from there. The next 4 days we did just that.
Learning from Maria was amazing. Through her enthusiasm and genuine
love for the techniques and ingredients, Maria showed me a part of
Mexican history. These methods were what her mother, grandmother and
great grand-mother used. Maria talked about the food preparation respectfully,
even reverently. She spoke of the homogenization of the food in Mexico,
happening there as it is in the US and all around the world and how
she was saddened for what appears to be the loss of these historical
techniques and combinations of ingredients that has created a cuisine
in Mexico that is unique and complex.
We delved into my language first. I asked about salsa as I knew it
in the US … a chunky, sauce that is tomato based for the most
part. Often seen in its fresh iteration … tomatoes, cilantros,
onions, jalapeño chili and lime juice, very roughly chopped
and served with chips.
I also asked about my concoctions of fresh fruit such as mangoes or
papaya mixed with tomatoes, onions, garlic and lime juice and the
fact that I have referred to that as salsa. Maria was patient and
kind, like a parent explaining to a child that the words to the song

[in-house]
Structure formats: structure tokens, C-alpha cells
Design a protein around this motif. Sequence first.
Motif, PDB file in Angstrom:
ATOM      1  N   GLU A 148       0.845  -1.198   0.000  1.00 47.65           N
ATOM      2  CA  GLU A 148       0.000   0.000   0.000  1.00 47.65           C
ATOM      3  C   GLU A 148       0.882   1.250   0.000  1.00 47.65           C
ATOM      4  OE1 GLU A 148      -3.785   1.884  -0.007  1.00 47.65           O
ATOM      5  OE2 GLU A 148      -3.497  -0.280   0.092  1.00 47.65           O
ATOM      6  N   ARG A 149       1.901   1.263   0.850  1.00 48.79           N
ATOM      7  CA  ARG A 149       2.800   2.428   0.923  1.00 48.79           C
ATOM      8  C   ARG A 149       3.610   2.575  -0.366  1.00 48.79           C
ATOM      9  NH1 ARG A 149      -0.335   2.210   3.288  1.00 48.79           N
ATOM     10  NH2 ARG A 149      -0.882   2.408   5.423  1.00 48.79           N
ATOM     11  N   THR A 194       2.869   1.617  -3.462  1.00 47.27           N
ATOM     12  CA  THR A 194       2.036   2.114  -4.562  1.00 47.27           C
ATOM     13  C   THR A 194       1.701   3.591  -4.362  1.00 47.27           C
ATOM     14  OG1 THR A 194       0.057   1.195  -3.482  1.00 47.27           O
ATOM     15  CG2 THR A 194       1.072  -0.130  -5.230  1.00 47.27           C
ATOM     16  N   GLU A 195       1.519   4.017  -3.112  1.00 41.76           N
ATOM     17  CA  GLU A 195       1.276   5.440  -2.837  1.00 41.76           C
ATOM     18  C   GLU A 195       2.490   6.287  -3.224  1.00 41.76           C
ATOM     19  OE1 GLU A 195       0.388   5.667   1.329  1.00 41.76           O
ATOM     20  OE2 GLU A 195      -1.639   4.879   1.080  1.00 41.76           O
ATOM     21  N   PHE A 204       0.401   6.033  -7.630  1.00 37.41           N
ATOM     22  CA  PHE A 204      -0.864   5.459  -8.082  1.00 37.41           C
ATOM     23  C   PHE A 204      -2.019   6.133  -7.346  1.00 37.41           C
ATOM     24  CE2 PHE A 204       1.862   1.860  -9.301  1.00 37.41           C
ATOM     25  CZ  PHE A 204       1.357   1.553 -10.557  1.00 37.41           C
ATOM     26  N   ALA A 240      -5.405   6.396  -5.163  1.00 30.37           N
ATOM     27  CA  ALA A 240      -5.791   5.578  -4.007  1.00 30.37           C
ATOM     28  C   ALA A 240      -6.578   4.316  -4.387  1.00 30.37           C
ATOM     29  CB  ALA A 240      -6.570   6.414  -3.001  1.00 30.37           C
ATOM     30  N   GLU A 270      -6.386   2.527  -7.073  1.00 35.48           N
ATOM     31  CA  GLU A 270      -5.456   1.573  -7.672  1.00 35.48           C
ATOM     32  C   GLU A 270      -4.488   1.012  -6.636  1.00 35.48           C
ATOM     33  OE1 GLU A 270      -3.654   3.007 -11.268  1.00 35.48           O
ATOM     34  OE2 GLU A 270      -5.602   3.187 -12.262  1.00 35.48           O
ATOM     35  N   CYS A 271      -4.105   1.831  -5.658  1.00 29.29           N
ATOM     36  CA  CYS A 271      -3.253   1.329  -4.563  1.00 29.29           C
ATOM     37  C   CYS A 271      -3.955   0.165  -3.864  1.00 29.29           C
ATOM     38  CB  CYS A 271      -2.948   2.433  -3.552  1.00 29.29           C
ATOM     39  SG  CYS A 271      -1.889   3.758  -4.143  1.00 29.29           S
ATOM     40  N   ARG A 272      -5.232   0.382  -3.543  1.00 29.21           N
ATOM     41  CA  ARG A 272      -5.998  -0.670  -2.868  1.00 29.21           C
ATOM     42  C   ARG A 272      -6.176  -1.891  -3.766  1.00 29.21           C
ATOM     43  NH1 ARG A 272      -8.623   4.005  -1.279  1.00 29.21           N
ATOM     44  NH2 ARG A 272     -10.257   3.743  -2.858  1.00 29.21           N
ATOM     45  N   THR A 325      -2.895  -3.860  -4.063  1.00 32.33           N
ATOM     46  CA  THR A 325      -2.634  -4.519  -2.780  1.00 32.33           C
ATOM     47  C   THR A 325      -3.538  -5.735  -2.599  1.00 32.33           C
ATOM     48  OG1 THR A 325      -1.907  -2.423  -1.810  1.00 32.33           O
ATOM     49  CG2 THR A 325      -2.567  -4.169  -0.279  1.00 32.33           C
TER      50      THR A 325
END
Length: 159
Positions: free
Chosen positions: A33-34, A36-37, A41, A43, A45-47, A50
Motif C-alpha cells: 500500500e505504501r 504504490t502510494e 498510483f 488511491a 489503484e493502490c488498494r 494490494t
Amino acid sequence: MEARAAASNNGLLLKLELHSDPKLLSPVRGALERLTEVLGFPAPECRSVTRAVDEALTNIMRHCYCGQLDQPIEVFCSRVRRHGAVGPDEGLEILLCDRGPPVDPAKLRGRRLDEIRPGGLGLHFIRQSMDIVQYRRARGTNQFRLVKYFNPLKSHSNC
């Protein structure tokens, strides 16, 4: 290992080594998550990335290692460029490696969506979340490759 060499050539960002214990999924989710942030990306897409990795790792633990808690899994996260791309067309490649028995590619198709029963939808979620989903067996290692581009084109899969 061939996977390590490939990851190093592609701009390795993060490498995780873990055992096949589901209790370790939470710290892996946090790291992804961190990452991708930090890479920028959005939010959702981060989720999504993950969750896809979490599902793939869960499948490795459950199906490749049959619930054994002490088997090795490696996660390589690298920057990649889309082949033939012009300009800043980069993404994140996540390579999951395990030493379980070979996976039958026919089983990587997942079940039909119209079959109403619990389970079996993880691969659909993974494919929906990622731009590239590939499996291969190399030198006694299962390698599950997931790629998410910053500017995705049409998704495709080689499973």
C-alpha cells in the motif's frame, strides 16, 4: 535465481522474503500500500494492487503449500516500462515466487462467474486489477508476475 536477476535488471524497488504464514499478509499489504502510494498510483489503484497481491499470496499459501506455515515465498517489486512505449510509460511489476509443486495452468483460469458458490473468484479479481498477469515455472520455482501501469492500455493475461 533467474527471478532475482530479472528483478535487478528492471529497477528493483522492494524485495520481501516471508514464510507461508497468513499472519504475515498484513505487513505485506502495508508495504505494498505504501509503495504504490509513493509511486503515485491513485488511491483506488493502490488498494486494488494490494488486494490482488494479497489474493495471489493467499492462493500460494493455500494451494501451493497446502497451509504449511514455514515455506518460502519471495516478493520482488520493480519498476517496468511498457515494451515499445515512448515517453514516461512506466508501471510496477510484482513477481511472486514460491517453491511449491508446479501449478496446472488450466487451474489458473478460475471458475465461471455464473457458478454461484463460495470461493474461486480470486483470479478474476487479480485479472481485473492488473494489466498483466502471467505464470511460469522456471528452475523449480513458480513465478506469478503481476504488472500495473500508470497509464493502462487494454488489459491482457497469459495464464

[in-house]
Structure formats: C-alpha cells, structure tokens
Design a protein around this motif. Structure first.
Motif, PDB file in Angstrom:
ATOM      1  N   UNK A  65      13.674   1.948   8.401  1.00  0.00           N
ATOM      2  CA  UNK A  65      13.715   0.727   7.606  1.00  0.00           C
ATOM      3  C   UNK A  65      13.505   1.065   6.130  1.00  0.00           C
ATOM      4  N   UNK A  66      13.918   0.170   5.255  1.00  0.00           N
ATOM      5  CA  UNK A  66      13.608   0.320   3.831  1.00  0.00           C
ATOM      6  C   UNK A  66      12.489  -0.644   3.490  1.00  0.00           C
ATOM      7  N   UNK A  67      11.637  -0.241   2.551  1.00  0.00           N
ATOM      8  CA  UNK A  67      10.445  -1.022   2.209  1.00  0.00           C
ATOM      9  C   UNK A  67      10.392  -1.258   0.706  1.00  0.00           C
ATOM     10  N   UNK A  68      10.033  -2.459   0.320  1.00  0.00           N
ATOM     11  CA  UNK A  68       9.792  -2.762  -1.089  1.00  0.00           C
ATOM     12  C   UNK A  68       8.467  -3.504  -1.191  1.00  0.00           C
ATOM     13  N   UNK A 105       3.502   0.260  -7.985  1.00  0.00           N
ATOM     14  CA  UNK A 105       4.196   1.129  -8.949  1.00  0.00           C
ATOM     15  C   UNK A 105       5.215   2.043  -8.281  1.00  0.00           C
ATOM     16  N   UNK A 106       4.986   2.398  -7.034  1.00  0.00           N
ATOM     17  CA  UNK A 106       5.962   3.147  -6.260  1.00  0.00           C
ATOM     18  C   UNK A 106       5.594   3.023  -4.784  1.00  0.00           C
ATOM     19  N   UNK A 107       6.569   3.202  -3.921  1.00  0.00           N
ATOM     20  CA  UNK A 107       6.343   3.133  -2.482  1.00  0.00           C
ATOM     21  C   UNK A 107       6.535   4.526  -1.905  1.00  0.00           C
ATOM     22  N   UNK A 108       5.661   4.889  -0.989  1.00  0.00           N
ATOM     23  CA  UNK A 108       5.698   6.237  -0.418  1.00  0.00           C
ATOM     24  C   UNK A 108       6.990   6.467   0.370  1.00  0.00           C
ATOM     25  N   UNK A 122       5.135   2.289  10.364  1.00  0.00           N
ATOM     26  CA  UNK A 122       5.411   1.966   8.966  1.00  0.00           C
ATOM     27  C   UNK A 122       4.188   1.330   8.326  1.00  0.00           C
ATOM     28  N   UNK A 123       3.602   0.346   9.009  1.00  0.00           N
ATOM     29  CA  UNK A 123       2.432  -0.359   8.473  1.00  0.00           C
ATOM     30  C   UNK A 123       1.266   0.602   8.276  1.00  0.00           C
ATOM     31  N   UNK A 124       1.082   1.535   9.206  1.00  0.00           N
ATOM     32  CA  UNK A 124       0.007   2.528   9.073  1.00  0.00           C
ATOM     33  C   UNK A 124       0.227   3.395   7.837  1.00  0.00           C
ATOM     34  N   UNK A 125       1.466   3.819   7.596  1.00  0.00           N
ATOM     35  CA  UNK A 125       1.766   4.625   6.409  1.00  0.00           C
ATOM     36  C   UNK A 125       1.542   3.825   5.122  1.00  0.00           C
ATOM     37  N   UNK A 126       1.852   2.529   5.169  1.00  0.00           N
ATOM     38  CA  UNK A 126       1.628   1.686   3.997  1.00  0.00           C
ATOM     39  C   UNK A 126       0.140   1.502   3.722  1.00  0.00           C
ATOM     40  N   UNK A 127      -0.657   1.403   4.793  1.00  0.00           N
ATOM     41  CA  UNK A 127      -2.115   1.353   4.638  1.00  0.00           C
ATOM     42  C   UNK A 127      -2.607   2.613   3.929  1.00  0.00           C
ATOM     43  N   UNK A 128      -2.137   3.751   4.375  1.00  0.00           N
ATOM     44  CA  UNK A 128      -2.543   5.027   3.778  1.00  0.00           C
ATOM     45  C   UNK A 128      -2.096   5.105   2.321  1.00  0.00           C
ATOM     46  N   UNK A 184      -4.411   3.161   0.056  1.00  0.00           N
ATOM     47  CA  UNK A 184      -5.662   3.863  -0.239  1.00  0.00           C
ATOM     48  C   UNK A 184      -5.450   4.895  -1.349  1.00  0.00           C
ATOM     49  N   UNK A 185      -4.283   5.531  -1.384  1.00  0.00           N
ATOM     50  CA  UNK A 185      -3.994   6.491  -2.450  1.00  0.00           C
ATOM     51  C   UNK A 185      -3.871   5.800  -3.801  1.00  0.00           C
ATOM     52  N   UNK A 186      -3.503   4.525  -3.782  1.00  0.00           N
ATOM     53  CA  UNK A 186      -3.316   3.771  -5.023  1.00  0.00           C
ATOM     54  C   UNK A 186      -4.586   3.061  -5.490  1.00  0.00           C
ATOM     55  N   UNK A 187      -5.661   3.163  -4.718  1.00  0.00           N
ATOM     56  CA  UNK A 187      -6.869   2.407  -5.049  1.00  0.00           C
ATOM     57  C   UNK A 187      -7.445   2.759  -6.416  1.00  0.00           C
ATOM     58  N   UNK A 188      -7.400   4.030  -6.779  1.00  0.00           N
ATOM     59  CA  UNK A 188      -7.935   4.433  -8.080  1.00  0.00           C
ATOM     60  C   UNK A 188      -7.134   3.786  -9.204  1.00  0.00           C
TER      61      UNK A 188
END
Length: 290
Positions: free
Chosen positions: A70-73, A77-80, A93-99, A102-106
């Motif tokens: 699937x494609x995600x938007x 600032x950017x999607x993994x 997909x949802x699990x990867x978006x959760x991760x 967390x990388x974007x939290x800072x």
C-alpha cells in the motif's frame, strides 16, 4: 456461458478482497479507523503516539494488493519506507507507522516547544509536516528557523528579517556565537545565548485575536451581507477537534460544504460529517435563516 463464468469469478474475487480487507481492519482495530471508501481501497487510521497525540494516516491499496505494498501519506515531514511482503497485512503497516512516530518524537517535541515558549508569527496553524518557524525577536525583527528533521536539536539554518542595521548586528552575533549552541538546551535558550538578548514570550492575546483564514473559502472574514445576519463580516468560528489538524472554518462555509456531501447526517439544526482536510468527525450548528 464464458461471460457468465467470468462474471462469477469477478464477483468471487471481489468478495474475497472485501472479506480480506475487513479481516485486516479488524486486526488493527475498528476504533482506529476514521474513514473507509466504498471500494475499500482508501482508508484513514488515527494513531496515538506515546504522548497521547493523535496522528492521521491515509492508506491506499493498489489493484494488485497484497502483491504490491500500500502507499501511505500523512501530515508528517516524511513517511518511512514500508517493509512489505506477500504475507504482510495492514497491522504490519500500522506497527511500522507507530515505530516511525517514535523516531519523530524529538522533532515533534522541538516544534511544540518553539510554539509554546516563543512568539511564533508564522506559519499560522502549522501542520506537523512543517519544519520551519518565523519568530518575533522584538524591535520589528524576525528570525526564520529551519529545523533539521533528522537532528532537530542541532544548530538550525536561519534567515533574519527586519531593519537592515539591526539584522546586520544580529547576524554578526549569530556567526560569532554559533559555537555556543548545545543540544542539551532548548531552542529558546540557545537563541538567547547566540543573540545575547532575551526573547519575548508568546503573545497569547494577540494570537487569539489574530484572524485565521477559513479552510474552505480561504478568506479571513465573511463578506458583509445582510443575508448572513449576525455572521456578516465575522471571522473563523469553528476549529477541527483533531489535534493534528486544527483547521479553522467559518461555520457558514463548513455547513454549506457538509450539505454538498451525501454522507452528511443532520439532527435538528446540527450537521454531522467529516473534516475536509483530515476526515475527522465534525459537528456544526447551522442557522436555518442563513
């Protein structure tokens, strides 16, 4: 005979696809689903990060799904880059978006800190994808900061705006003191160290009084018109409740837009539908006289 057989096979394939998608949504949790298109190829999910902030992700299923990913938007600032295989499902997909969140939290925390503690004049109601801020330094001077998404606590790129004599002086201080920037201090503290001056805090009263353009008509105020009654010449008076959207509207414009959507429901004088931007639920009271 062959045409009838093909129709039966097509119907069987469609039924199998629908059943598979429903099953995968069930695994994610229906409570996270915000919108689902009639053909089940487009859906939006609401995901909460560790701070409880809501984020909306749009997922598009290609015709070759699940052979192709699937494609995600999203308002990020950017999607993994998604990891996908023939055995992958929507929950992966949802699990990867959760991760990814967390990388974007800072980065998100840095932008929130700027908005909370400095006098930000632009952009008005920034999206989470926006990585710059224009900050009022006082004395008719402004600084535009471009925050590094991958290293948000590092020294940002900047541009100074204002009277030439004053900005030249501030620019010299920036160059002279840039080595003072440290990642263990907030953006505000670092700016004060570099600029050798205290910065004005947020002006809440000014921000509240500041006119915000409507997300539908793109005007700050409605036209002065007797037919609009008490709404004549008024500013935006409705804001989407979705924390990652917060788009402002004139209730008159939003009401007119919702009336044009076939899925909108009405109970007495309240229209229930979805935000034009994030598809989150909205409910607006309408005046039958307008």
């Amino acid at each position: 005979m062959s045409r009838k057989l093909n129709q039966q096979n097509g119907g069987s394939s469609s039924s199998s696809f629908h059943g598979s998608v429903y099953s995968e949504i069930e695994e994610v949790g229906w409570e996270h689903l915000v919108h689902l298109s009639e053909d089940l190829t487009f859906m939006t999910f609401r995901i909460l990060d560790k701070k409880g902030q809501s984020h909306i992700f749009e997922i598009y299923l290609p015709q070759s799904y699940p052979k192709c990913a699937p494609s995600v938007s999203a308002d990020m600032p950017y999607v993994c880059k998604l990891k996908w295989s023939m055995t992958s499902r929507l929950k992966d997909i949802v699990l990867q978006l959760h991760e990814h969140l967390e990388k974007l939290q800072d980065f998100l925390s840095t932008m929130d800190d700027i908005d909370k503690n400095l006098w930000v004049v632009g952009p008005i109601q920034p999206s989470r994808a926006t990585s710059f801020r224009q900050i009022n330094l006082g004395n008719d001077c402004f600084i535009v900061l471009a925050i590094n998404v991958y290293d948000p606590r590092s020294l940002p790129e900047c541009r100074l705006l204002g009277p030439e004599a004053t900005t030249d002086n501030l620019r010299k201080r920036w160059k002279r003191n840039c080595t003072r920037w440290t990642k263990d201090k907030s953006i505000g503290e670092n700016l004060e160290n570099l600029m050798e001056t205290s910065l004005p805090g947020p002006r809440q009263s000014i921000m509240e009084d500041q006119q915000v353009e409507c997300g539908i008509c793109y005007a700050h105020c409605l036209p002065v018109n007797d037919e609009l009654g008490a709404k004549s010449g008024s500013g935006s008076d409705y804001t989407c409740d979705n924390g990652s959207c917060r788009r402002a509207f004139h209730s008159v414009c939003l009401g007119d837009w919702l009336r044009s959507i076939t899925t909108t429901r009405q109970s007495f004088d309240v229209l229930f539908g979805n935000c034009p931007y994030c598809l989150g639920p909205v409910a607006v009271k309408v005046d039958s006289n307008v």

they were singing since they were little were all wrong … my
ideas about salsa were totally erroneous. None of these concoctions
were salsas … We would learn what a salsa really was. And learn
We started by looking at all manner of dried chilies … mulatos,
ancho, güajillo, pasilla, chipoltle and more. We smelled, and
prodded them, then began to prepare them on the traditional comal,
(a flat, iron “plate”) dry roasting them until their smell
was intoxicating and the skin just the right amount of blistered.
We sautéed others in oil and pork lard, we softened others
in orange juice at room temperature. All were then simmered or soaked
in hot water or chicken stock.
After softening in one the various
methods we added the other ingredients … at first just onions,
tomatoes, garlic and simple spices such as marjoram, cilantro, salt
and black peppercorns. Sometime we roasted the spices, other times
we used them as is. All these ingredients went into the blender and
were pureed into a very smooth sauce.
I thought we were done … no. After blending we took the mixtures,
some stained, others right from the blender, back to the stove top
and we simmered these sauces in a cazuela (clay pot) adding salt,
chicken stock or the soaking liquid from the chilies and reducing
the mixture to create a perfect balance and roundness to the sauce.
It was magical. The tastes were full, powerful, not heat dominated
but with great layered taste. No one note stood out but all the flavors
worked together. We did 6 salsas that first day … each a different
variation on the theme. Maria was a pleasure to work with and said
that tomorrow would be fun as we moved into the adobos and pipians.
The next day brought new insights. The techniques we learned on salsas
were now expanding. The number of ingredients and the techniques to
blend these became even more intense. Toasting and grinding nuts,
seeds, and spices, then blending simmering and reducing these sauces
gave them wonderful depth and flavor. The adobos were for marinating